Woman with eagle

Is Vulnerability the Solution to Toxic Coworkers?

Did you know that June 1st is World Narcissistic Abuse Day? Last year, I wrote about how to identify and handle a narcissist. That post was geared towards those close relationships where narcissism becomes abusive or oppressive, and how to pull yourself out of that toxic cloud.


This year, I’m focusing on toxic and narcissistic coworkers. These relationships are often different in that we may not be as close, emotionally, to coworkers as we are to friends or family, but their toxicity can still have a significant impact on our own wellbeing.


(The following post originally appeared in Entrepreneur)


In personal relationships, I believe the only way to handle a narcissist is to cut them out. However, short of quitting your job, that isn’t always possible with a coworker.


Toxic behaviour in a coworker can take the form of:


  • Blame – The finger is always pointed outwards. Every situation, mishap, etc. is someone else’s fault. If the toxic person is targeting you, it’s usually YOUR fault.
  • Defensiveness – It’s hard to move forward with this person because every challenge is met with a “Not my fault” or “I had nothing to do with this” attitude. The heels dig in and progress stalls.
  • Stonewalling – This person is always late to reply to emails or doesn’t answer the phone, especially when they know their input is needed. They avoid instead of stepping up to the plate.
  • Contempt – This can be as obvious as verbal attacks, name calling and threats, or as subtle as eye rolling, sarcasm, gossiping and even circumventing the chain of command. This person is disrespectful and undermines those around them.


A toxic coworker may exhibit all or even just one of these characteristics. The defining factor is that it is continuous behaviour that holds back progress and brings others down.


So. How do you handle it? By getting vulnerable… with yourself.


Get vulnerable

Narcissists prey on vulnerability, so don’t pour your heart out to them. In fact, as Brene Brown, author of Dare to Lead says, boundaries are key to vulnerability. Purging all your thoughts and feelings onto someone else is not vulnerability.


Instead, turn that finger inwards and recognize your own wounds. When someone triggers you, it indicates something you need to heal. It may be a past hurt, low confidence, imposter syndrome, lack of self worth… what feelings or thoughts are being triggered within you? Where are they coming from? What do you need to heal?


Get vulnerable with yourself, then consider getting vulnerable with someone you trust – a loved one, a mentor, a coach, a therapist… Someone who can support you and keep you accountable as you work to heal your wounds.


When you heal these wounds, you take yourself, your team and your business to a whole new level. Businesses can only go as far as their leaders. The more you work on yourself, the more you become a leader and can have a successful impact within the organization.


Recognize the wounds in others

While you’re working on your amazing self, what of the narcissist? They’re still there, spreading their poison.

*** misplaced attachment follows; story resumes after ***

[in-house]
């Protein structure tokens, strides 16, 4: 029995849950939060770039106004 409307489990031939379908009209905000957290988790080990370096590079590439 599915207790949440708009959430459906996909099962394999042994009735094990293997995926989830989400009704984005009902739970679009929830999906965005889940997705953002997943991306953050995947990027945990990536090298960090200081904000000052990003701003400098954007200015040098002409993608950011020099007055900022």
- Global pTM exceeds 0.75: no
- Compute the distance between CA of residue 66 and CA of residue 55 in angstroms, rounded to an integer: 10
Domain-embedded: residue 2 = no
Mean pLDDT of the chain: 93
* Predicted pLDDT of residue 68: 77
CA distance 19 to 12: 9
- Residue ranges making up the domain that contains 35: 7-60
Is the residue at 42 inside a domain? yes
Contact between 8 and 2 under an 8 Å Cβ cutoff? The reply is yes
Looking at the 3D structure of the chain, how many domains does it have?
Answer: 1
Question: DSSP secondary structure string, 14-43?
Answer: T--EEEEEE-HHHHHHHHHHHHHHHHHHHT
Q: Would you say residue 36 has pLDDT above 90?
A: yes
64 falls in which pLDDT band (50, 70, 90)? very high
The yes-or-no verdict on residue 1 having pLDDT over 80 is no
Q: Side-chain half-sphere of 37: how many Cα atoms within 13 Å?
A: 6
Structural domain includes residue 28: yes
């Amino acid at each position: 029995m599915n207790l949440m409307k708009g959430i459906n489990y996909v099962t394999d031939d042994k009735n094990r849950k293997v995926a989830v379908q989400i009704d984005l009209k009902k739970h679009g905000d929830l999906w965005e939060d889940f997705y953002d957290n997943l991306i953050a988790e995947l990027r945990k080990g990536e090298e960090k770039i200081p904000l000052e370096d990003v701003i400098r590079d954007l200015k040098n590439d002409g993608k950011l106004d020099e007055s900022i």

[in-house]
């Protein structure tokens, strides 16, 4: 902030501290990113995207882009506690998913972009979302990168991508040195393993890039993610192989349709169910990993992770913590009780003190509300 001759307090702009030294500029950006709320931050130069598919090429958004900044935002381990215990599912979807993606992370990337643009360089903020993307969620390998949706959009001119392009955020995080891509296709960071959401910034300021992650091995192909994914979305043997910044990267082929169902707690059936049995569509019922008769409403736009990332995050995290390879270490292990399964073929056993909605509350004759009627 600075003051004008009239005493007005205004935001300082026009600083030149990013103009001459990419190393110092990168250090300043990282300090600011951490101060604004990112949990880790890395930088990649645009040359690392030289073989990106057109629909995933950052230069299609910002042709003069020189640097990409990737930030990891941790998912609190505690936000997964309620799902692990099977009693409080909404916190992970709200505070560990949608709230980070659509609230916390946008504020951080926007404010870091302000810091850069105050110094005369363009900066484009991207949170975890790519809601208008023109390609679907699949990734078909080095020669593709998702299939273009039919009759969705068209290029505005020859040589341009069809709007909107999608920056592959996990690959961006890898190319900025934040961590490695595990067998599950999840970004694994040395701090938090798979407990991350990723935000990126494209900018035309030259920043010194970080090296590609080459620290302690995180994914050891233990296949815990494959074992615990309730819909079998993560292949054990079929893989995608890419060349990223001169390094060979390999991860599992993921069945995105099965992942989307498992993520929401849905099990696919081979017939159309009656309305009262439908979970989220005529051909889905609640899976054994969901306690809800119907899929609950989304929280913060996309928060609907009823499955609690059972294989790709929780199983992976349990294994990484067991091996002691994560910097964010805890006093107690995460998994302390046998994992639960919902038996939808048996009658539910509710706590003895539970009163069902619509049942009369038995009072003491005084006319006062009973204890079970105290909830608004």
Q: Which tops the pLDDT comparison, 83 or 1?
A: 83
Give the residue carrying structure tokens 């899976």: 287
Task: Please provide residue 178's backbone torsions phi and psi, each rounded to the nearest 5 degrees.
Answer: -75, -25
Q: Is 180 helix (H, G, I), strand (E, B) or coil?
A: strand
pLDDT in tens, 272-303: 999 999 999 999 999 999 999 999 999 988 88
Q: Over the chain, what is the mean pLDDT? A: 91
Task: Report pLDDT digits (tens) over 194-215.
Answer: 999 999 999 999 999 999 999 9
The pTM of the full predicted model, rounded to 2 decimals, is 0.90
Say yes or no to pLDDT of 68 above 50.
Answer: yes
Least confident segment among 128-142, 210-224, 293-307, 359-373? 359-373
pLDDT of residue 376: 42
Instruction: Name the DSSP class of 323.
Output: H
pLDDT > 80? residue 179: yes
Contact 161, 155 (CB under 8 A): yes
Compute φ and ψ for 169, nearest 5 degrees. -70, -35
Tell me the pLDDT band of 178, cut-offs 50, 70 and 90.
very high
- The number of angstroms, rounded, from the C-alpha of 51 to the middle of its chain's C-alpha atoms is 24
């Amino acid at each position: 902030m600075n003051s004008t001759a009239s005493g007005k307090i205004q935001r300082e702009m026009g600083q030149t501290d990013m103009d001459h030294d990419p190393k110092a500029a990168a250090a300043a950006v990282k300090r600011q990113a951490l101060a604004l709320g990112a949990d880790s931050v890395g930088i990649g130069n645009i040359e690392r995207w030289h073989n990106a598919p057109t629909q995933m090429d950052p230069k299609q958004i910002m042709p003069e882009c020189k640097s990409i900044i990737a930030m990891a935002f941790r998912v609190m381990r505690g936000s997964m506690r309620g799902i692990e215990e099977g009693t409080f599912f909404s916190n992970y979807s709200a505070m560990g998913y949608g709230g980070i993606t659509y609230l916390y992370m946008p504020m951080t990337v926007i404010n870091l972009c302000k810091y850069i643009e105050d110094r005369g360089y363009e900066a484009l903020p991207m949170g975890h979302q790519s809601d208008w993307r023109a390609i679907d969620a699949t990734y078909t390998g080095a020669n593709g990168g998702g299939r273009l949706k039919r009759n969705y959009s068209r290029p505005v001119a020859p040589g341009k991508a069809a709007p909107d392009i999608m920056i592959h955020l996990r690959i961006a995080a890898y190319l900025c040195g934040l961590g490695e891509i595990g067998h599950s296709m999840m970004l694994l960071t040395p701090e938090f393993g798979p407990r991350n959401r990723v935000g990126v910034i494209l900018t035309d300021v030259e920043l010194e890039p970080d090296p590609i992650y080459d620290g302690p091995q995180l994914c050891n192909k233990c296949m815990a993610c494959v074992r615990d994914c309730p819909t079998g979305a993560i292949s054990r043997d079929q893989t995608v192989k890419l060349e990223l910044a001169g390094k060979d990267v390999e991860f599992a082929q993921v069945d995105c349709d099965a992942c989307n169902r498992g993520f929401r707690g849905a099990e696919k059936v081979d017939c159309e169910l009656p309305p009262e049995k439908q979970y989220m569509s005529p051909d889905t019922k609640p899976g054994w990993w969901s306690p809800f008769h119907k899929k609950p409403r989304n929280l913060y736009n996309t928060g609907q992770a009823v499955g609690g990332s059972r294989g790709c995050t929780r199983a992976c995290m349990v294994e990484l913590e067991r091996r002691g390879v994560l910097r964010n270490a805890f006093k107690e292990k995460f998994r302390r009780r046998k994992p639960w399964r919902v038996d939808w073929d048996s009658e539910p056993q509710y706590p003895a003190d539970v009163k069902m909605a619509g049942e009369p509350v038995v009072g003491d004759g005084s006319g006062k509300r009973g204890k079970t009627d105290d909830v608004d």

We are all wounded souls. When someone triggers me, I imagine how wounded they are. I don’t want to add to the wound. Instead, I feel empathy for them send them love. These are the people that need it most.


It’s normal to react instead of respond when your own wounds are triggered. But, if you’ve done the work to heal yourself, it’s easier to recognize pain in others, recognize that their behaviour is not personal, but about them and their issues, and to respond with compassion.


Understand where your responsibility ends and theirs begins

Empathy, understanding, positive thoughts… these are great. But, when it comes to someone else’s wounds, remember that you are only responsible for how you respond. You are not responsible for healing those wounds.


Aim to be a source of positive energy, not a doormat. Once again, boundaries are key. It’s ok for someone to feel angry or hurt. It’s not ok for them to put you down or expect you to fix things for them.


I tell clients that if they truly want to heal their wounds, they need to look within. Looking outside will only get you bandaids, not real change. Don’t be anyone else’s bandaid. You’re draining yourself and not actually helping them improve.


Keep that finger pointed inwards, towards what you can control, what you need to heal, and what you truly are responsible for. You cannot change other people’s behaviour. You can only change how you respond to it. Take responsibility for your own healing, growth and responses. Lead by example. If someone else is ready to change, you may inspire them. If they aren’t, send positive thoughts, but let go of the outcome.


Building cultures of trust

If you are a leader dealing with toxicity within your team, the greatest impact you can have is in changing the team culture. Here are a few posts to show you what’s possible:



When people feel recognized and valued at work, and able to put their best foot forward, they are less likely to hide behind toxic behaviours and better equipped to deal with such behaviours from others. Stronger people make stronger teams, and that makes stronger businesses.


Contact me if you would like to learn more about how Team Performance Coaching or Corporate and Leadership Coaching can transform your business.


To you being the CEO of your life!